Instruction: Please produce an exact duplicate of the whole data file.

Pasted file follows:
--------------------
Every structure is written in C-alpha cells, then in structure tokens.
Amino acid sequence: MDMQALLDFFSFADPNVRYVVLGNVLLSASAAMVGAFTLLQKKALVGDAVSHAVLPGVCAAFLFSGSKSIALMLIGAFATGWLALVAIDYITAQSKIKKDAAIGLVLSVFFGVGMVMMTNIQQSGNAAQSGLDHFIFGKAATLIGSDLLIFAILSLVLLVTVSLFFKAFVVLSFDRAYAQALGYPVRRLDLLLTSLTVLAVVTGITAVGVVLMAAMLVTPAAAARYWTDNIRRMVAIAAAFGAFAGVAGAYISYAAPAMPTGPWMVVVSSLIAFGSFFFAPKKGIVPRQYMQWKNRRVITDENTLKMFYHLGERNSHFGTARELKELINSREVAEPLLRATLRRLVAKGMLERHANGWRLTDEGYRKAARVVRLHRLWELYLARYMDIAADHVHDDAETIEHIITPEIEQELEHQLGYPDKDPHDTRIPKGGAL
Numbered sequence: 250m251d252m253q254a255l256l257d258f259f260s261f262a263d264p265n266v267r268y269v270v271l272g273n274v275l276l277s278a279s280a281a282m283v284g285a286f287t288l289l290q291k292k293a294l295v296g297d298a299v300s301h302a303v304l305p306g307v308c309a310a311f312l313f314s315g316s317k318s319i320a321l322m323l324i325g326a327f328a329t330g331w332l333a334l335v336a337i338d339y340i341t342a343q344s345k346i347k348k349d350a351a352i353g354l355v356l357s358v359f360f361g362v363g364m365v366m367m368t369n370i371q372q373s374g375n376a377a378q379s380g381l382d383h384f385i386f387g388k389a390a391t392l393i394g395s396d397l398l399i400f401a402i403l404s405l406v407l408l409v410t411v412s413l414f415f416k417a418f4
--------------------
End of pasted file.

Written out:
Every structure is written in C-alpha cells, then in structure tokens.
Amino acid sequence: MDMQALLDFFSFADPNVRYVVLGNVLLSASAAMVGAFTLLQKKALVGDAVSHAVLPGVCAAFLFSGSKSIALMLIGAFATGWLALVAIDYITAQSKIKKDAAIGLVLSVFFGVGMVMMTNIQQSGNAAQSGLDHFIFGKAATLIGSDLLIFAILSLVLLVTVSLFFKAFVVLSFDRAYAQALGYPVRRLDLLLTSLTVLAVVTGITAVGVVLMAAMLVTPAAAARYWTDNIRRMVAIAAAFGAFAGVAGAYISYAAPAMPTGPWMVVVSSLIAFGSFFFAPKKGIVPRQYMQWKNRRVITDENTLKMFYHLGERNSHFGTARELKELINSREVAEPLLRATLRRLVAKGMLERHANGWRLTDEGYRKAARVVRLHRLWELYLARYMDIAADHVHDDAETIEHIITPEIEQELEHQLGYPDKDPHDTRIPKGGAL
Numbered sequence: 250m251d252m253q254a255l256l257d258f259f260s261f262a263d264p265n266v267r268y269v270v271l272g273n274v275l276l277s278a279s280a281a282m283v284g285a286f287t288l289l290q291k292k293a294l295v296g297d298a299v300s301h302a303v304l305p306g307v308c309a310a311f312l313f314s315g316s317k318s319i320a321l322m323l324i325g326a327f328a329t330g331w332l333a334l335v336a337i338d339y340i341t342a343q344s345k346i347k348k349d350a351a352i353g354l355v356l357s358v359f360f361g362v363g364m365v366m367m368t369n370i371q372q373s374g375n376a377a378q379s380g381l382d383h384f385i386f387g388k389a390a391t392l393i394g395s396d397l398l399i400f401a402i403l404s405l406v407l408l409v410t411v412s413l414f415f416k417a418f4